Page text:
Answer (Jesse): So for instance, you’ve got like for instance a modality such as Wim Hof method where is based on combining the two. So Wim HOF method has a specific breathing sequence and then it also incorporates regular cold exposure. Now there are some people who just do cold exposure and that’s their thing. They don’t really get into the breath work, they just want to go into do cold exposure. Cryotherapy is incredibly popular now, and I’ve been fortunate enough to talk to a lot of people who are just into cold water swimming. And I wrote an ebook just on cold training called A Practical Guide to Cold Training. And in that book, I’m going to be coming out with my third edition soon, but I already have an interview with a woman who swam a mile in the Antarctic Ocean just kind of swimming through. And for her, she says it’s her own style of meditation. The beauty behind all of this is that we find out a little bit more about ourselves and what we’re capable of. Yeah, I think all of us, if you’ve ever accidentally taken a cold shower, right, you step in, oh my God, it’s cold. We start to say, well, how could anybody endure that? And we start to say, well, that’s just not possible. And before you know it, we make limitations on ourselves that aren’t really there, they’re just self-imposed. And so one of the beauties behind cold exposure, specifically I think, is that we can free ourselves from some of those self-imposed restrictions and say, wow, what else am I capable of?

Question (Mohit): Yeah, there’s a mental aspect of this which is actually how I got introduced to cold exposure almost ten years back as a way almost daredevil, right? Which is basically that can you spend like three minutes in an ice cold tub And it was very interesting the first along the way there was something called the Ice Bucket Challenge. And then essentially there were a bunch of folks who were known as folks who would do cold exposure, like prolongated ones. There was this mental toughness thing that if you can endure a cold, you have it in you, essentially, right? And then there’s some physical benefits to it. As you mentioned, in the last five to seven years or ten years, essentially, we’ve been able to connect science to the field good effects of cold exposure. So tell us a little bit about like from a biological impact perspective. How does cold exposure actually work for humans? Like, it does feel from extremely petrifying for a lot of people to when they actually do cold exposure, they probably feel the best that they’ve ever felt in their entire life. So what really happens inside the human body?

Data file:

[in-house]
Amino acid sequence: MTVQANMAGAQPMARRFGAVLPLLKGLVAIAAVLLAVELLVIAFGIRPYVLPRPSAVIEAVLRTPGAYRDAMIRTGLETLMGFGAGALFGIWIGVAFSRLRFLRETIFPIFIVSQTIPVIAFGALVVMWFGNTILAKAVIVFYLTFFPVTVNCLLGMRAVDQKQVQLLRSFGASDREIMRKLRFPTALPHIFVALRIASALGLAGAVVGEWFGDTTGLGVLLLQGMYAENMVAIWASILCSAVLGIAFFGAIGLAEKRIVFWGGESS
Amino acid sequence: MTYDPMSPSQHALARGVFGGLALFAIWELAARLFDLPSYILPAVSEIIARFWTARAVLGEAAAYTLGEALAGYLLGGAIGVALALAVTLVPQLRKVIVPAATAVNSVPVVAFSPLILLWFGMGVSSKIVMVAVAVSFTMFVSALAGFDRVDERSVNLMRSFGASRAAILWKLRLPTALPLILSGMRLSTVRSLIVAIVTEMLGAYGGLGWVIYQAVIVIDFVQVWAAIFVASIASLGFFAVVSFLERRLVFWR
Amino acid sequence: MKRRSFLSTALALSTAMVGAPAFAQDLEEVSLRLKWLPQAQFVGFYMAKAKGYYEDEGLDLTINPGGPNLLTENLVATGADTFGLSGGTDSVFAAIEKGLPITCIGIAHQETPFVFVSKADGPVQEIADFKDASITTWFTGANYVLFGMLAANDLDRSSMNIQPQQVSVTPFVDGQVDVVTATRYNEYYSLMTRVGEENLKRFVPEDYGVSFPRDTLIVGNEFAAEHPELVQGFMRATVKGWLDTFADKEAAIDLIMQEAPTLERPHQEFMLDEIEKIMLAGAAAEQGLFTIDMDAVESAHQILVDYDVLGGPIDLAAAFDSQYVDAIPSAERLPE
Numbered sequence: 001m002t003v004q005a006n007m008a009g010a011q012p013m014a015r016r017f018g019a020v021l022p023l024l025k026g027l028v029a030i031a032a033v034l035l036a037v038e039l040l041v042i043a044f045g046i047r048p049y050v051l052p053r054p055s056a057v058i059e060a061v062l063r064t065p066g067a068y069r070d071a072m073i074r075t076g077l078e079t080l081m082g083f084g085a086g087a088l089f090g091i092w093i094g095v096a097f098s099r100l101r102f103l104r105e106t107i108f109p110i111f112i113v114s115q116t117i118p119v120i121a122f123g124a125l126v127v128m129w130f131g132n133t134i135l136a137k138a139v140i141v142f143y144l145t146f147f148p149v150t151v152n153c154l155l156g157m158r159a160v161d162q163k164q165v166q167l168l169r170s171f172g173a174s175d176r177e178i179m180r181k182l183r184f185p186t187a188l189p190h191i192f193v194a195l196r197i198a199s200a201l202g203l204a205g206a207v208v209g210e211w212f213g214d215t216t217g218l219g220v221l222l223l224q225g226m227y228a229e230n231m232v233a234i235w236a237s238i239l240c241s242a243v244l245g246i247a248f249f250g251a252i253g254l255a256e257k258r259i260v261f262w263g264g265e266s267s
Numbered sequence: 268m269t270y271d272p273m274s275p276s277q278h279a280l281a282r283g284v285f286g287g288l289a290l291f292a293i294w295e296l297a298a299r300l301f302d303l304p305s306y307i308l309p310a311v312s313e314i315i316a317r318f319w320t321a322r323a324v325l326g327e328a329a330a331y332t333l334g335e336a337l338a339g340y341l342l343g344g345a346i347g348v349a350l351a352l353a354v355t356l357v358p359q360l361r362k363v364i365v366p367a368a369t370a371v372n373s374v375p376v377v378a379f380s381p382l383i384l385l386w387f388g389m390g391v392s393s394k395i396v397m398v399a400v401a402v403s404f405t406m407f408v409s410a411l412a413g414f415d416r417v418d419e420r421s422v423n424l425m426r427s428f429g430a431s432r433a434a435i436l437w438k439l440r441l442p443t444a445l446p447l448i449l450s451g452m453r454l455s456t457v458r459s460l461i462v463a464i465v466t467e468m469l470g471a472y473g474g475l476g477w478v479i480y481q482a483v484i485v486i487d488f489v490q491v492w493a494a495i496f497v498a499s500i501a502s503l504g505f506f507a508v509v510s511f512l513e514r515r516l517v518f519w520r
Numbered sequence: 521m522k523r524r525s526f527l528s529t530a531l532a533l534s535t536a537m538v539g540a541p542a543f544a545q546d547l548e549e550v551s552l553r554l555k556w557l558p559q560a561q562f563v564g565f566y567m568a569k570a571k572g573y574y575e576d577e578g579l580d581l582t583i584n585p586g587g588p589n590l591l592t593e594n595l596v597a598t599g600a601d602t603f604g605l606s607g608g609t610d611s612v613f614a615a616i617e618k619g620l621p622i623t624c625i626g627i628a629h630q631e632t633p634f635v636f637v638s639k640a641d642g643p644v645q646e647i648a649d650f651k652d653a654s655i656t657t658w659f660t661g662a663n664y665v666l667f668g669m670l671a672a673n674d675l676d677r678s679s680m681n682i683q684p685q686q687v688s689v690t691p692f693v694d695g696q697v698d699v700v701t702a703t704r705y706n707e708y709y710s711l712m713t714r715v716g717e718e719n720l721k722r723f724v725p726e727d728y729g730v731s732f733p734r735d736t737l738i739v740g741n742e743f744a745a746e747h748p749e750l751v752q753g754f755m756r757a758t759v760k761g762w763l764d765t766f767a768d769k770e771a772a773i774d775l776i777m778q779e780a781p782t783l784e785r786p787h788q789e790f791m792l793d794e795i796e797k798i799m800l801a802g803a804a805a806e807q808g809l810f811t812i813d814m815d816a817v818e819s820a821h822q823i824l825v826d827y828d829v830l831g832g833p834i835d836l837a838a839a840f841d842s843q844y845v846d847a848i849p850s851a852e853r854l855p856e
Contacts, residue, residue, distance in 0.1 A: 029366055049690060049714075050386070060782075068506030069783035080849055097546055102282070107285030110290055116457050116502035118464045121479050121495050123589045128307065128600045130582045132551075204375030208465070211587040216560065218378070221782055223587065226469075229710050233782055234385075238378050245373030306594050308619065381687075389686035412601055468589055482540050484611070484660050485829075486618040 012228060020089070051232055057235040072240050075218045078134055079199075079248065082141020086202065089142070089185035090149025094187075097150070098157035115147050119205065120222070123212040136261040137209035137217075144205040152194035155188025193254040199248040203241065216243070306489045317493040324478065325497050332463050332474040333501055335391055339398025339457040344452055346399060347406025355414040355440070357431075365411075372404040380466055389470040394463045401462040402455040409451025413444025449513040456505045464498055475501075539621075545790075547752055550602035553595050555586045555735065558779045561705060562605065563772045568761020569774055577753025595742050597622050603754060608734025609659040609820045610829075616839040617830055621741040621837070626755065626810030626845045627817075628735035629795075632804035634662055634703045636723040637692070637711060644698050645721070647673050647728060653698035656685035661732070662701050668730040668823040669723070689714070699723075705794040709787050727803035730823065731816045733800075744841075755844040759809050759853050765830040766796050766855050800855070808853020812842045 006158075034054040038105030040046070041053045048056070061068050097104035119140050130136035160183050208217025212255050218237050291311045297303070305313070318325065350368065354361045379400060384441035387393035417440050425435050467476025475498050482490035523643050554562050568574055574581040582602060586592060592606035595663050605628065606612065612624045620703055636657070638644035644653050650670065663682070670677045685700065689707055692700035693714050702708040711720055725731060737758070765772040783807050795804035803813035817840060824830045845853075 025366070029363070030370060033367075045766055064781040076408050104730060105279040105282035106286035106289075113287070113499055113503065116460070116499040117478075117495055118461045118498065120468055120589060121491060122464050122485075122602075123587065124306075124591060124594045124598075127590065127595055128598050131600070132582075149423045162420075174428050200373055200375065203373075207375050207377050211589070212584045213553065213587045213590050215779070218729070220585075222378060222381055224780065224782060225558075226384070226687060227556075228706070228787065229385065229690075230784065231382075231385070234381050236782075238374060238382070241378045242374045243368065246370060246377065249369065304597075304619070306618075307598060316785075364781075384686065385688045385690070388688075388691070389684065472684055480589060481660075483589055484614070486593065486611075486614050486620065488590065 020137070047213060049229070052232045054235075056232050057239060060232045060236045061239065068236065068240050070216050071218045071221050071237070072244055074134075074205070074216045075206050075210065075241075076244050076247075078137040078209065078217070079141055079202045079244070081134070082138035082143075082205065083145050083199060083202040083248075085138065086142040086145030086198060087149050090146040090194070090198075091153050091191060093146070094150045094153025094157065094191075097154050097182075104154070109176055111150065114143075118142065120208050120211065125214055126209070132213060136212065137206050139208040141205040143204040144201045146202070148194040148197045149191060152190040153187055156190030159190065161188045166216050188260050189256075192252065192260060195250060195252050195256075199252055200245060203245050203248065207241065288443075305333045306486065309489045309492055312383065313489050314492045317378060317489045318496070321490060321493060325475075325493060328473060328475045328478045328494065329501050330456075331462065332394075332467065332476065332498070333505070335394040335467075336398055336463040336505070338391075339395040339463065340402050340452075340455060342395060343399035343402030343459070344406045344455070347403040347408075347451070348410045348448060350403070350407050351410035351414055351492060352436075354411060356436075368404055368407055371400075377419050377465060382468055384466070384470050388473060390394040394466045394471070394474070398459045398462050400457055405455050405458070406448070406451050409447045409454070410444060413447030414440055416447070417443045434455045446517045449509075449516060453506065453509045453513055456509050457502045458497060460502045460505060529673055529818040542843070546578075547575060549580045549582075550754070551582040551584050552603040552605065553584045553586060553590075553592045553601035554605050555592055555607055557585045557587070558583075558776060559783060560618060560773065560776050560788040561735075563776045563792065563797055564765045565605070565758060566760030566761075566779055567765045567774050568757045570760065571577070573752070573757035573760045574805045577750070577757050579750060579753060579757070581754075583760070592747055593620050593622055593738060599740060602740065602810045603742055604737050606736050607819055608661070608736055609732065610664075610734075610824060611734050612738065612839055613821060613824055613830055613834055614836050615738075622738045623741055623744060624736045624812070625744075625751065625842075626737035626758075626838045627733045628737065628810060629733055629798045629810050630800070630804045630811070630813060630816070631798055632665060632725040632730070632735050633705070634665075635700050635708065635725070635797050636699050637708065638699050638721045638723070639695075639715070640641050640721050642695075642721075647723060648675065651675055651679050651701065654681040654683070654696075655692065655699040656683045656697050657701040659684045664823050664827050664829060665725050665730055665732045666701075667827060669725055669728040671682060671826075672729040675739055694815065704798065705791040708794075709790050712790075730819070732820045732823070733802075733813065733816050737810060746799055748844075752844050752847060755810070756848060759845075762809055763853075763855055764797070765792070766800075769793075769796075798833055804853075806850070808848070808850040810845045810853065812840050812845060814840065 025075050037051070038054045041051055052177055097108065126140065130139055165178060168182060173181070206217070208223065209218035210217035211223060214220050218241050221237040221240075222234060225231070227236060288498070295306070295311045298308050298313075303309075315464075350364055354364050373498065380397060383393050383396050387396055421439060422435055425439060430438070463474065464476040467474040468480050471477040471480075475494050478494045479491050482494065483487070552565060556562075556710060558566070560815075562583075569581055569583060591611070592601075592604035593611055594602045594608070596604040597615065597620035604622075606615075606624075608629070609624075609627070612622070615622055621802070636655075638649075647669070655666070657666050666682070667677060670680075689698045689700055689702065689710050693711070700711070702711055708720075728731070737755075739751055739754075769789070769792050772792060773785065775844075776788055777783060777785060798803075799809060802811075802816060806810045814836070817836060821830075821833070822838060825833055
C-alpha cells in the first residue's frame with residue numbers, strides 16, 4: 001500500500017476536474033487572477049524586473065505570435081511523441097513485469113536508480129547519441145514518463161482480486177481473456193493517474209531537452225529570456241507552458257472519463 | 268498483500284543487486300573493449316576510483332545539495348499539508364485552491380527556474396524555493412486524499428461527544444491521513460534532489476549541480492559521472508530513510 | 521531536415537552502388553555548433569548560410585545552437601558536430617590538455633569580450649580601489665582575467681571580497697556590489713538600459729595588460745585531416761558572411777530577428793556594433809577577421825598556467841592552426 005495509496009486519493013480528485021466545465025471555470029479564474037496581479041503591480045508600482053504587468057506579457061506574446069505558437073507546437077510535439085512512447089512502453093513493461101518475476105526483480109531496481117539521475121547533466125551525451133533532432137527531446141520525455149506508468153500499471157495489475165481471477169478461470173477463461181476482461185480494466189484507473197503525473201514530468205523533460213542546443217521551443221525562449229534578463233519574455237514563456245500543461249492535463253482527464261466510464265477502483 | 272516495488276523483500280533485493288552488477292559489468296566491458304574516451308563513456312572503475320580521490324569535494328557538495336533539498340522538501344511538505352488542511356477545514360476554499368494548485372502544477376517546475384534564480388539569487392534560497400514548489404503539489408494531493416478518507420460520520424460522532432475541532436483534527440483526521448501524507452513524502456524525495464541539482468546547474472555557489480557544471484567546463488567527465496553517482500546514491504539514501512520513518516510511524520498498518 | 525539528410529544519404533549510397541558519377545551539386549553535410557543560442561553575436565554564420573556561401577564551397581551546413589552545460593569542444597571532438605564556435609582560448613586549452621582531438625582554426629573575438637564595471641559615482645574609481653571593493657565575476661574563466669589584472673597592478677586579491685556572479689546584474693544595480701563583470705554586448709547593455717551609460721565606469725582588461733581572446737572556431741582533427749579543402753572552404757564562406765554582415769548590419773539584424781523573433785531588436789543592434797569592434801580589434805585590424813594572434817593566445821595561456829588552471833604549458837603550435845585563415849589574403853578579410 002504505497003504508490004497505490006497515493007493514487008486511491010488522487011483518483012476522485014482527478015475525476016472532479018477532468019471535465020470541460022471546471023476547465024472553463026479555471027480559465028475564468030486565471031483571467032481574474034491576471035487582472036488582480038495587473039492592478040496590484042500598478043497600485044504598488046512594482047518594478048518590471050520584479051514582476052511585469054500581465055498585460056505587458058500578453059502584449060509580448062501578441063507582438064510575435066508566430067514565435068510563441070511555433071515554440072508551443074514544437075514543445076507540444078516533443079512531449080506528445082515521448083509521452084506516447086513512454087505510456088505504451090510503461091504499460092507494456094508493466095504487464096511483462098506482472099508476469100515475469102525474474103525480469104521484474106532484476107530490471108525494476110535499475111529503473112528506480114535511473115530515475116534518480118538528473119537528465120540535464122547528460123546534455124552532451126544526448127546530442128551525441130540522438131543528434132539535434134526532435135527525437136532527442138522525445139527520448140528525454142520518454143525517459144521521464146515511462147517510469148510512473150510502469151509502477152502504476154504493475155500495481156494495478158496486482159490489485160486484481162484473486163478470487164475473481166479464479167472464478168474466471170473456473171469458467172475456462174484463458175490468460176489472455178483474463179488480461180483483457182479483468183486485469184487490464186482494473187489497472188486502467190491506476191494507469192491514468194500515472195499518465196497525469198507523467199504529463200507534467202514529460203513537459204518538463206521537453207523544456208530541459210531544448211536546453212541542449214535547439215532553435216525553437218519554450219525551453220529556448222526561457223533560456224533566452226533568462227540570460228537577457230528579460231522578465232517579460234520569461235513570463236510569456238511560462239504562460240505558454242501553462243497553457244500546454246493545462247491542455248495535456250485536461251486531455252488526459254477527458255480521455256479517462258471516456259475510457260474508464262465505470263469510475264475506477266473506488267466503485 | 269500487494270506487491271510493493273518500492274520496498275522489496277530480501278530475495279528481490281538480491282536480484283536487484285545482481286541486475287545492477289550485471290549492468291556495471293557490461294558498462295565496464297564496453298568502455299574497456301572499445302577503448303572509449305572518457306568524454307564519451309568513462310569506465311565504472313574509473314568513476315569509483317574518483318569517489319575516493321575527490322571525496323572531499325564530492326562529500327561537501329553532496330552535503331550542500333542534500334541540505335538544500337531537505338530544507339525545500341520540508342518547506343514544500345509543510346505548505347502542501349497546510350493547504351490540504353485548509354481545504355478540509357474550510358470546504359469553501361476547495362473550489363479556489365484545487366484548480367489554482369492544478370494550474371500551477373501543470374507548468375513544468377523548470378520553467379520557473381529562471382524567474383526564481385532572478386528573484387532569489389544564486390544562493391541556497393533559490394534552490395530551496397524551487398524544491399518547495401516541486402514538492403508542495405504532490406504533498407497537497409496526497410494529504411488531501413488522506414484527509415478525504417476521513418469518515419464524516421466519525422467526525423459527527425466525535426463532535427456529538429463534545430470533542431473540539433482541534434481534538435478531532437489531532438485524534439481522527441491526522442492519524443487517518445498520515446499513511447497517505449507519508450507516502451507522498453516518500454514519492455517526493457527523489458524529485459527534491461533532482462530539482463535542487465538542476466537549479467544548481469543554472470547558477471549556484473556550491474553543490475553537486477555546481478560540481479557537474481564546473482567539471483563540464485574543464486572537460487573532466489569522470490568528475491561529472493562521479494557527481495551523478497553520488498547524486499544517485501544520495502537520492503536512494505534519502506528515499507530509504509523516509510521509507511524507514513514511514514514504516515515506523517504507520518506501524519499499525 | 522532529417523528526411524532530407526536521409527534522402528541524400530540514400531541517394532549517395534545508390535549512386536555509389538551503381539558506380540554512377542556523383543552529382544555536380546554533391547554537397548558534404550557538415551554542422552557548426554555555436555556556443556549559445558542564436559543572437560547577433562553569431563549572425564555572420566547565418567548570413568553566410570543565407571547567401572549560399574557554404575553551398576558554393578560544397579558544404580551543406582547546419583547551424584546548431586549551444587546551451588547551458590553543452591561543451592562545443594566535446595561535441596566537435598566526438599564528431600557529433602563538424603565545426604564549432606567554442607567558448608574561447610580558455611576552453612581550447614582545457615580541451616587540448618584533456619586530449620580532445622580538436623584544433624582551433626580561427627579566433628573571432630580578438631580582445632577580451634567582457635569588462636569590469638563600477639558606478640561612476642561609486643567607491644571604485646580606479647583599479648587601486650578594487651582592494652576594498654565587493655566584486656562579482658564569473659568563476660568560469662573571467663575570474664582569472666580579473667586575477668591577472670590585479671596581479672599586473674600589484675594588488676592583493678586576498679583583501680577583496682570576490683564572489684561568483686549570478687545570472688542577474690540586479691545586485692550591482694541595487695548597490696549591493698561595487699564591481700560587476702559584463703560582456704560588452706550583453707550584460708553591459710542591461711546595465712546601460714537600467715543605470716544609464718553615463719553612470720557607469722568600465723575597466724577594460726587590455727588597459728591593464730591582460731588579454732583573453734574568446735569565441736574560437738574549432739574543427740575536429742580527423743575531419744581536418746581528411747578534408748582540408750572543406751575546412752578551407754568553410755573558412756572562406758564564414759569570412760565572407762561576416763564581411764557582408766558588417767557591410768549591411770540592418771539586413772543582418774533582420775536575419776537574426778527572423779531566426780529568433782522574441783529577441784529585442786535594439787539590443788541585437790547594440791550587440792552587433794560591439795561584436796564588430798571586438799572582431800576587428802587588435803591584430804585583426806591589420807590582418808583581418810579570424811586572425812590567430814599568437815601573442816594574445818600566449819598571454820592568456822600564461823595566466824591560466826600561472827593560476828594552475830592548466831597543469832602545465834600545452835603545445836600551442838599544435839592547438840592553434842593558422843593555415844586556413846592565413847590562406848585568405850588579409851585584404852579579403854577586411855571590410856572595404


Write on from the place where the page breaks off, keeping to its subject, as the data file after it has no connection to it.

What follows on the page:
Answer (Jesse): To really understand it, I think it’s important to understand what hormesis is. So hormesis is basically the process where we stress the body the right amount to get a beneficial result. So basically you can go in there and just splash around and then you’re not really getting a whole lot of benefit. You can go in there and stay an hour and then you’re probably going to have hypothermia. So the idea is to find the sweet spot that you’re going to get a benefit from. It’s a lot. Like, I think most people can relate to how exercise works. If all you’re doing is getting your steps in, right? I’ve got to watch and it congratulates me. Oh, you’ve walked this many steps a day. Oh, wow. I’m not really making any progress, right? It’s just I’ve moved my legs that many times. Now, if you were to, every day, go to the gym and lift weights and do some other kinds of cardio in the right amount, then you get stronger. And that’s just our body’s natural response to stress. But if you were to go, like, for instance, if I were to go and try to bench press on day one, 300 pounds, you’re going to hurt yourself. So the idea is to find the right amount of weight to lift or the right amount of cardiovascular exercise so that you get the beneficial result. The same can be said with the cold. So the cold actually is a stressor. So that means that if you just go out one day and get into ice bath or a cold shower and then you don’t do it again, you’re not really going to receive the benefits that you could. If you get consistent, it’s just like any kind of a practice. So for the first time you get in there, you’re going to shiver. Your body is going to really be like, oh my God. Now the nice thing is, after you get out, you do feel really good. And this is because your body releases a whole bunch of happy chemicals. One of those chemicals is your endocannabinoids. So those are the same things that shut down pain receptors and they’re responsible for a lot of pleasurable experiences. When we get into the cold, there are a few things and there’s a lot of things we could talk about, but I’ll focus specifically on one. This is probably, in my opinion, the most powerful one. And it’s that when you get into the cold, your brain will release a chemical. There’s a part of our brain called the locus ceruleus, and it will release a chemical called norepinephrine. Now, that is a very powerful neurotransmitter, and it is literally the same neurotransmitter that is responsible for the feeling of anxiety. So everybody’s like, okay, wait a minute, wait a minute. Why would I want to feel anxiety on purpose? Well, if you do this, if you go into a situation that’s out of your control and you’re feeling anxious, well, that’s no fun. But if you go into a situation, for instance, a cold shower that is in your control and at any time you could turn it off and you’re doing this on purpose and you understand, okay, I’m doing this because I want to do this, you start to associate the feeling of anxiety with excitement and with a reward. And we call this in the cold training community, we call this some people call it stress inoculation because you’re giving yourself a certain amount of stress on purpose in order to make yourself more resilient to stress outside of that cold shower. So what most people will find is that yes, they’ll go into the cold shower and maybe it’s a little uncomfortable and before you know it and of course in my ebook I talk about how to really make it a pleasurable experience. But before you know it, you kind of look forward to it. And even if you don’t, after you get done each day, the rest of your day, you feel less stressed because you have started to train yourself to deal with that feeling of anxiety. There’s an author here in the United States, he was a long time ago and he said if you eat a frog every day for breakfast, the rest of the day can’t be that bad. His name is Mark Twain. Just imagine how that would be to eat a live frog. But the thing is, if you take a cold shower first thing in the morning, the rest of the day, oh wow, I’ve already had this amazing amount of stress and I’ve come out of it healthier and happier as a result, the rest of the day is that much better.